By Chinazo-Bertrand Okeomah
There is a Farouk Lawan in most Nigerians. I know many would blurt, “Tufiakwa! There is no Farouk Lawan in me!” Those who say such may be operating at the realm of conjecture. They may not really know the truth until, as it happened to Lawan, they come to the confluence of a handsome bundle of $500,000 and a secret escape route on which no one can sight them.
Indeed most Nigerians will take the money without giving a hoot about being caught or not. Such people would say, “When we get to that bridge, we will cross it.” Such are the people that would take money forgotten by others once it is big enough to meet their need, or draw money mistakenly posted to their account by an unwary bank staff. When such incidents occur, they would thank God for the “miracle” and may even testify in church. Of course, there are a few others who would not take it due to the shame that comes with being caught. But only a minute few would say no even when they are certain nobody will ever catch them. This last group are people of integrity, a value that makes men act in secret exactly the same way they would act in public. It is a value that is almost extinct in Nigeria today.
For some years now, I have cried myself hoarse, stressing that most Nigerians are corrupt. Dr. Ngozi Okonjo-Iweala, Nigeria’s finance minister, once stated that only about two per cent of Nigerians at the top are corrupt. I replied that over 98 per cent of Nigerians are either eating from the vile heap of corruption or they are eagerly waiting for their turn to do so. I have argued that those who experienced the corruption impact of IBB’s regime and those born by them tragically know various levels of corruption deformities.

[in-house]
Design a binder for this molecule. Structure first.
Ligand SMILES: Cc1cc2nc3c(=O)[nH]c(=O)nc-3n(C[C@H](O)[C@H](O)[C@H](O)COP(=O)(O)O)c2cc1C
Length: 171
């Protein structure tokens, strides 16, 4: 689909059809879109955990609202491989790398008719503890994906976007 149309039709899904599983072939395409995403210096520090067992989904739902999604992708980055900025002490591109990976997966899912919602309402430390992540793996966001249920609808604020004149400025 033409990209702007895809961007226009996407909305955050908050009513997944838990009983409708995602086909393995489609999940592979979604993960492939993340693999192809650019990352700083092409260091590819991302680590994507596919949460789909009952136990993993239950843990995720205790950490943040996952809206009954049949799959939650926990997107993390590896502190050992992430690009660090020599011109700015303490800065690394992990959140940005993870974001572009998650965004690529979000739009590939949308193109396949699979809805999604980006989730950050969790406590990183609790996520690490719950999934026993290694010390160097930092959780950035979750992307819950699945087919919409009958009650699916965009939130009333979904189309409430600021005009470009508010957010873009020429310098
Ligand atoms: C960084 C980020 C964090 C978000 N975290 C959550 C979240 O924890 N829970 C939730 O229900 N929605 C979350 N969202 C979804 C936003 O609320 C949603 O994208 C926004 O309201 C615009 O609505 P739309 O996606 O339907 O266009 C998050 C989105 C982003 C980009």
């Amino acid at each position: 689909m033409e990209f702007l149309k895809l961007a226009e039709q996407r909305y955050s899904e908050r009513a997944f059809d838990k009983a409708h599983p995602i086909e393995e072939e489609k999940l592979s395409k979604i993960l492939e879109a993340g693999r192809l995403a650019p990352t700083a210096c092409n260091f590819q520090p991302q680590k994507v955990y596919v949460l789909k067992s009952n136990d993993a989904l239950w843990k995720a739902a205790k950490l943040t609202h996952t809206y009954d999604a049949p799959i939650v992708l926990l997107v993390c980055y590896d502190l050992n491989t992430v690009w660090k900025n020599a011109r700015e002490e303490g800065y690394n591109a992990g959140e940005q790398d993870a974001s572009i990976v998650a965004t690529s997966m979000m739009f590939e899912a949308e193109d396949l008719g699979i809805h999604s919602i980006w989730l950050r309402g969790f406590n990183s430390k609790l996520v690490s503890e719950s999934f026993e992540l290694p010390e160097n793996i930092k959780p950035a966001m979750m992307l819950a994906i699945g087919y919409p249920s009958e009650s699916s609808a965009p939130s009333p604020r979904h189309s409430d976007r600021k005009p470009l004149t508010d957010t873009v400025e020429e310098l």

So people born in Nigeria since the late 1980s all bear corruption-genes and are likely to become corrupt – even when there is no compelling need for it. It was during IBB’s reign that our ebbing values-genes underwent forced mutation to become evil-genes. It was during that time that “419ners” ruled the socio-economic space, so much so that young decent graduates were sucked into the fray.
So I laugh myself to scorn when people express surprise that a ranking member of the House of Reps like Lawan was caught in bribery scandal. Many people are sincerely aghast, saying it was a dreadful infra-dignitatem. They had held him as Mr. Integrity, which represents the façade he had succeeded in selling to Nigerians. Those who hold such views are not only gullible but also shallow students of our politicians and public servants, for our public service has so decayed that hardly any of them lives off his or her legitimate income. Hardly any of them renders the service for which he is paid without expecting bribe. This ranges from the tax officer who assesses you for tax, to the PHCN officer who allocates you a meter; it goes from the education inspectors who approve private schools, to the messengers who carry files from one office to the other. Our public service stinks. It stinks to high heavens. It is a cesspool of corruption. And our politicians typify this.